But the reality is most checkpoints don’t catch drunk drivers and while they are hailed as a deterrent, there really is no empirical data to support that assertion.

Opponents often look at the checkpoints as more of a “papers” check, a place where police can happen upon unlicensed, uninsured, unregistered drivers, parolees, people with warrants for arrest, etc.

In fact, most people arrested or that have their cars impounded at checkpoints are of that variety than of the drunk driving group. Vastly.

Here is an editorial from a police Lieutenant defending checkpoints that makes a similar point that even without much DUI arrests, checkpoints serve the health and safety of society.

But is it constitutional?

At a recent Baldwin Park checkpoint leading up to the suspension, 150 cars were impounded but a source said the majority were unrelated to issues of sobriety.

Prior to that, Tom Himes reported about a woman suing the Baldwin Park Police Department for unlawfully impounding her car.

In El Monte last month, police checked more than 2,000 cars, impounded 27 vehicles and made one arrest for driving under the influence.

Those numbers are contradictory to the purpose of checkpoints. In 2005, the 9th U.S. Court of Appeals decision in Miranda v. City of Cornelius established that many impounds are “unreasonable seizures” that don’t jive with the Fourth Amendment.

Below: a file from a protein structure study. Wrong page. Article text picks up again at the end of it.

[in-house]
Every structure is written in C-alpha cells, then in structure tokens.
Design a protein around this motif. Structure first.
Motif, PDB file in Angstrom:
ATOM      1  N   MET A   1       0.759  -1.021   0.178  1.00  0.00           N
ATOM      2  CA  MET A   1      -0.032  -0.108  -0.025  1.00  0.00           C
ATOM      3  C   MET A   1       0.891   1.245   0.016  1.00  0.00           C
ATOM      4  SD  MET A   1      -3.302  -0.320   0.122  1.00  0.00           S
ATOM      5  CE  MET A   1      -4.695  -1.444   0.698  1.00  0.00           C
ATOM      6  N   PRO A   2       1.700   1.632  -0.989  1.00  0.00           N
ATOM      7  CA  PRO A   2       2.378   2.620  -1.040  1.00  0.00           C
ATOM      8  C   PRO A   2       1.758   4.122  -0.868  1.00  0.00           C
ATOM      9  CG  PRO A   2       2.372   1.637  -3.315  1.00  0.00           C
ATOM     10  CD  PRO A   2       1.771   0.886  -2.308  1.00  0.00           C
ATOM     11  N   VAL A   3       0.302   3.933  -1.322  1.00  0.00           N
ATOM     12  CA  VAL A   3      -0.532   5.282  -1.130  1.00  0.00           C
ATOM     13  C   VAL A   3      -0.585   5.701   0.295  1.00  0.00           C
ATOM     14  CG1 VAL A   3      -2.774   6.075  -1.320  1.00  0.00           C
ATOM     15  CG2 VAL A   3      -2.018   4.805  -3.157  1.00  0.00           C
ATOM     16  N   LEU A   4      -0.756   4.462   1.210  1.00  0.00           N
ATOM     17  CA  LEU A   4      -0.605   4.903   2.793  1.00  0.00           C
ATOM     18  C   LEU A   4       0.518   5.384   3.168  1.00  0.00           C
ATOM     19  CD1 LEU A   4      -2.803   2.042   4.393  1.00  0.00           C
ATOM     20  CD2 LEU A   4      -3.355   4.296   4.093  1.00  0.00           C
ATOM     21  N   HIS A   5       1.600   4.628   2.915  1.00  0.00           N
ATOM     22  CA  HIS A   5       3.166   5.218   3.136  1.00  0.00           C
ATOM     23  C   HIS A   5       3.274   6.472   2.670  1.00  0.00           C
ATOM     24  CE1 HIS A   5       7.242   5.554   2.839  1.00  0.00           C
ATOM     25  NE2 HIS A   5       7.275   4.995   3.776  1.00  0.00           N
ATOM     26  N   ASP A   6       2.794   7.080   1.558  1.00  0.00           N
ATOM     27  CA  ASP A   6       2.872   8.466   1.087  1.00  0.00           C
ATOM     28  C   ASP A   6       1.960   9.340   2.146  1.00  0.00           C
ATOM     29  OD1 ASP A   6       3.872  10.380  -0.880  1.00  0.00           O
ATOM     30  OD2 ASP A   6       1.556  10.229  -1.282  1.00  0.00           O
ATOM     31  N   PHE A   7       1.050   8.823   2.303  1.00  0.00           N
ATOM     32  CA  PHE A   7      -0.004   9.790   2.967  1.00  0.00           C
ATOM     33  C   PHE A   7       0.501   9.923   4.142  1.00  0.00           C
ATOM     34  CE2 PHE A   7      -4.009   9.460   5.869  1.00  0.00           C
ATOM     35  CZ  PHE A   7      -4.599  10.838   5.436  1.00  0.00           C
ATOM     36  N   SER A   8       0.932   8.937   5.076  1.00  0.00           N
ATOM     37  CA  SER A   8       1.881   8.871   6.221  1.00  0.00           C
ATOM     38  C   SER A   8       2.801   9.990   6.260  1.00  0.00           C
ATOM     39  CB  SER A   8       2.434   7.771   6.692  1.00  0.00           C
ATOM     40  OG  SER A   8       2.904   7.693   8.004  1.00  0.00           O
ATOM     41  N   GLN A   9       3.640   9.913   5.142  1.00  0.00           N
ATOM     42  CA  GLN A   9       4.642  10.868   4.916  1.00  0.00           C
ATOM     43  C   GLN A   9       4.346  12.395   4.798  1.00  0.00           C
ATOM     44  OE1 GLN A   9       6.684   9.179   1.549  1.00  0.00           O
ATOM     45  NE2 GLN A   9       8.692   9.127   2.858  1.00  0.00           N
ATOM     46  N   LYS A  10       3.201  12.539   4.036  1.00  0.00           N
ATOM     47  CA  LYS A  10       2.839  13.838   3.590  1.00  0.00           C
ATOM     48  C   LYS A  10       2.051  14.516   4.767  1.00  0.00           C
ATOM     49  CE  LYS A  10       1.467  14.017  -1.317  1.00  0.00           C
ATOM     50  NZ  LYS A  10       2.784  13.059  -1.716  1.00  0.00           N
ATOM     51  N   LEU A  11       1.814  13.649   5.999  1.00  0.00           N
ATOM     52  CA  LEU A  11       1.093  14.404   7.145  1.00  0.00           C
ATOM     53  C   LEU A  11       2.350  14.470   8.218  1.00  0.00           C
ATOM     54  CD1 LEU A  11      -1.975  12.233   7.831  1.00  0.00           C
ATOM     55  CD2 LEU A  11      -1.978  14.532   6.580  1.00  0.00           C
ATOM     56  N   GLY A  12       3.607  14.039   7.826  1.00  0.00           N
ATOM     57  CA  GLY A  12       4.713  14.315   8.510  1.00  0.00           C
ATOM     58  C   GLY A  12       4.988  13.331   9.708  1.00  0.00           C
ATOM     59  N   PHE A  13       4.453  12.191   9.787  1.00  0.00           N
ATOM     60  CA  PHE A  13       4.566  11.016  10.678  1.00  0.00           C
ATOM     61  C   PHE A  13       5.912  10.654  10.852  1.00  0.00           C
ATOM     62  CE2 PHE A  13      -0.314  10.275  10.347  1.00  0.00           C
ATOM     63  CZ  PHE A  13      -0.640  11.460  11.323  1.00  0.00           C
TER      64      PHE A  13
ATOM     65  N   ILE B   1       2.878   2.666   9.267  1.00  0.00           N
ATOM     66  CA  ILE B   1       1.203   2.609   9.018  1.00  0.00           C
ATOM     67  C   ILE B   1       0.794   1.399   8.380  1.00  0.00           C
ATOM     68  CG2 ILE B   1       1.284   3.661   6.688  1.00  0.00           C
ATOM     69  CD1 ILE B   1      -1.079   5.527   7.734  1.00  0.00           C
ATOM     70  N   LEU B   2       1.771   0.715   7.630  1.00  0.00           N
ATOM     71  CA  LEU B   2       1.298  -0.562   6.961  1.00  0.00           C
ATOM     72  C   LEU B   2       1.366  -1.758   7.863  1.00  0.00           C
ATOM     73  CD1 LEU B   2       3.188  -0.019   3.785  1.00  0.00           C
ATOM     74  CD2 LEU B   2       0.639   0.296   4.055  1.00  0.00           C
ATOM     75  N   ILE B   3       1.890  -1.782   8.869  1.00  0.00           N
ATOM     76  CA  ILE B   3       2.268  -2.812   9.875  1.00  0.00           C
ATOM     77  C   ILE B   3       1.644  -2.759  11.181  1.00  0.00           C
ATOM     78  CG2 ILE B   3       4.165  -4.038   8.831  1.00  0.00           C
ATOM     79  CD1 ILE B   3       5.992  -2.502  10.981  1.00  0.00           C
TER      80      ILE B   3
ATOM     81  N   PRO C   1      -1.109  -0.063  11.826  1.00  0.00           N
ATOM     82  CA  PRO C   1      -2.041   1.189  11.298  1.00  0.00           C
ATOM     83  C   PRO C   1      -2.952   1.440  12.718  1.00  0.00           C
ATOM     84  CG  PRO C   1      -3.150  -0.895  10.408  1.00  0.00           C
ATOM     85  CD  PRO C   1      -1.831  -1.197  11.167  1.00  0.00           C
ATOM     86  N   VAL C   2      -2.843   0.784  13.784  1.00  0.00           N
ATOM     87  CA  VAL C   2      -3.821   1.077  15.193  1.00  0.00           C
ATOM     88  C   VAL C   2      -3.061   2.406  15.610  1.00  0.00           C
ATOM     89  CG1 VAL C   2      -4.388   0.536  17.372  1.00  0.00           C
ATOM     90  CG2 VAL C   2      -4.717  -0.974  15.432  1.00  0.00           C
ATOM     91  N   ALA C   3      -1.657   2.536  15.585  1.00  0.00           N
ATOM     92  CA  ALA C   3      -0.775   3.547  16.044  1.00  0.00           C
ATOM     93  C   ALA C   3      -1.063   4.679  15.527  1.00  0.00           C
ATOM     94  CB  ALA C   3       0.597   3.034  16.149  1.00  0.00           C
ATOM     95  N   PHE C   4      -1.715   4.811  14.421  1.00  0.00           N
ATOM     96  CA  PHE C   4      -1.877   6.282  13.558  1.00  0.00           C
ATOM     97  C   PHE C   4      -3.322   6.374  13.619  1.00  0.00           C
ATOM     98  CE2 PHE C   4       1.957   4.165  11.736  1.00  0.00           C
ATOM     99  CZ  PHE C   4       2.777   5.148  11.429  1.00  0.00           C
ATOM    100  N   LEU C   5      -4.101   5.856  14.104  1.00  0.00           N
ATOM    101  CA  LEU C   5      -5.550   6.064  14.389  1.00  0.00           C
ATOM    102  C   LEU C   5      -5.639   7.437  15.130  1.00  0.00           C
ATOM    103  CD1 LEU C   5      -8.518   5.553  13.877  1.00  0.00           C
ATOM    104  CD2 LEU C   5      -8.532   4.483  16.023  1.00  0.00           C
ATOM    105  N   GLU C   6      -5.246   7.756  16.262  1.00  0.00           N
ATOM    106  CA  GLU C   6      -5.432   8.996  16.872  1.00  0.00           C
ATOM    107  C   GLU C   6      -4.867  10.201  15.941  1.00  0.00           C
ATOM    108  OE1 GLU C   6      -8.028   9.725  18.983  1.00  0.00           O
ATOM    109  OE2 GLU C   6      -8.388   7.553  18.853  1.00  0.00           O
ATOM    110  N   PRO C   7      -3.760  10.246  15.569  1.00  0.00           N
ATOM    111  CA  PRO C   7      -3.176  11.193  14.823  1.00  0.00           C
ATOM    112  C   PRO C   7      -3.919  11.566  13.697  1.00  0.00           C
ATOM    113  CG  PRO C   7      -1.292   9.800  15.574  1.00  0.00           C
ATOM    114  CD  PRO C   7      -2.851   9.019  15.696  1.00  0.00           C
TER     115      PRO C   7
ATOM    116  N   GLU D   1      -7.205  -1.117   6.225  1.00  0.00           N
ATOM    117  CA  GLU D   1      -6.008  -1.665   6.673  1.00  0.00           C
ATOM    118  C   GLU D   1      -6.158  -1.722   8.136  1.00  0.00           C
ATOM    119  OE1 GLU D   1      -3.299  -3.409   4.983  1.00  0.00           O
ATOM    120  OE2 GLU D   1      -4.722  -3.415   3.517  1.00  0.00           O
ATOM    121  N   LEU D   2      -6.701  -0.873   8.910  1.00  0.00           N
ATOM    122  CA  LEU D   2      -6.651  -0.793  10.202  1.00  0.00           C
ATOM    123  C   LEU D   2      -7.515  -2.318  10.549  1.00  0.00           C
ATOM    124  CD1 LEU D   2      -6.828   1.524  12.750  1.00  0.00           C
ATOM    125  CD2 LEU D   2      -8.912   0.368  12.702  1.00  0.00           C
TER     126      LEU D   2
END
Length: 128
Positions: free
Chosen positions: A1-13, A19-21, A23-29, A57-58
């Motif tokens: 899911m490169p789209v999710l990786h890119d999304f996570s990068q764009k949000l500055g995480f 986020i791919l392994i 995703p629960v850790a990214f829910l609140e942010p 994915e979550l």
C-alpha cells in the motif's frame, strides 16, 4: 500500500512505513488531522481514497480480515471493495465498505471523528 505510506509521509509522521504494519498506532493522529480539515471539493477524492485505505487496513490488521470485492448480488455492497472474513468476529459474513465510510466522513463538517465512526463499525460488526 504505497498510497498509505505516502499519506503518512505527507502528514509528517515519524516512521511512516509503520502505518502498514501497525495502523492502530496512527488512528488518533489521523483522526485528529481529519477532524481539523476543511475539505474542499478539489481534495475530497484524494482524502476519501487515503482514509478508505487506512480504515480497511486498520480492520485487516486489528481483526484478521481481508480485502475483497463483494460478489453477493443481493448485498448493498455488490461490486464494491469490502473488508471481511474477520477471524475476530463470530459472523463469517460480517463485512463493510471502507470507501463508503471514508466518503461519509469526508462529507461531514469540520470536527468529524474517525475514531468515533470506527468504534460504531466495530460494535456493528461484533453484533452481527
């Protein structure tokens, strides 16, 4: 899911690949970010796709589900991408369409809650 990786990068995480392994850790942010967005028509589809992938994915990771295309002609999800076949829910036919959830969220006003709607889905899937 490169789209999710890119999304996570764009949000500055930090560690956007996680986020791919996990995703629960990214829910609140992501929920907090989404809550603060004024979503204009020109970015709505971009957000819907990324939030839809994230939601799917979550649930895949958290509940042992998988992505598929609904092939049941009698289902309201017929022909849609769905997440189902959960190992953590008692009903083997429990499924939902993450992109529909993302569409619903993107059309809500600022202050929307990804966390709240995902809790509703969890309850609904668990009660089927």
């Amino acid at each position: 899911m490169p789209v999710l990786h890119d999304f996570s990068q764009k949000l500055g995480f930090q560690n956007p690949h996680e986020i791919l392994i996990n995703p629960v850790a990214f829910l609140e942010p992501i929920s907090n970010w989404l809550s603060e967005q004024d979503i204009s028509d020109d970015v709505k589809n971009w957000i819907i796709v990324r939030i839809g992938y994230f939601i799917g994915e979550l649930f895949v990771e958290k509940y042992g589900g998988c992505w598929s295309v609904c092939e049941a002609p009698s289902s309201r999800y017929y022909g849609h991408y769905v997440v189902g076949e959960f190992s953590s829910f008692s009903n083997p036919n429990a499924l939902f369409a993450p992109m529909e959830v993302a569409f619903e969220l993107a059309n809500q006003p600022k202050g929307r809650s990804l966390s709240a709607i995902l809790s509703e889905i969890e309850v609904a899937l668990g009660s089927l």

Still, police departments don’t seem to be listening too closely to the appeals court decision, but this newspaper is.

Editor Frank Girardot took the practice to task in his column here.

The paper’s editorial board also took a stance against the checkpoint structure and system.

More background on the issues in Baldwin Park here.

I think it is safe to say, that in Los Angeles Courty, a system of checkpoints that worked relatively under the radar without critique or oversight is finally getting a dash of its medicine.

What are your thoughts? Is using sobriety as a reason for checkpoints misleading? Should they no longer use the guise of DUI deterrent if they continue checkpoints? Are police officers stepping on the rights of citizens? Or, despite the contradiction between their name and the outcome, do the results of the checkpoints, (i.e. arrests of wanted individuals, impounding vehicles of unlicensed drivers, etc.) outweigh the potential infringement of the Fourth amendment?

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Montebello City Administrator, Police Chief both suddently resign


I have no idea what is going on in Montebello, but some intriguing stuff went down Wednesday night.

The Interim City Administrator and the brand spanking new Police Chief both left their posts. Neither had comment.

MONTEBELLO – Interim City Administrator Randy Narramore and new Police Chief Ken Rulon left their posts with the city Wednesday night.

Narramore was appointed in December to run the city after former Administrator Richard Torres retired. He also served as interim police chief after former Chief Dan Weast left in January under pressure from the City Council.

Rulon was hired this week to replace Narramore as police chief and began his duties on Tuesday.

Narramore declined to comment Thursday, deferring to City Attorney Arnold Alvarez-Glasman, and Rulon didn’t return phone calls seeking comment.

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Violent crime down in largest San Gabriel Valley cities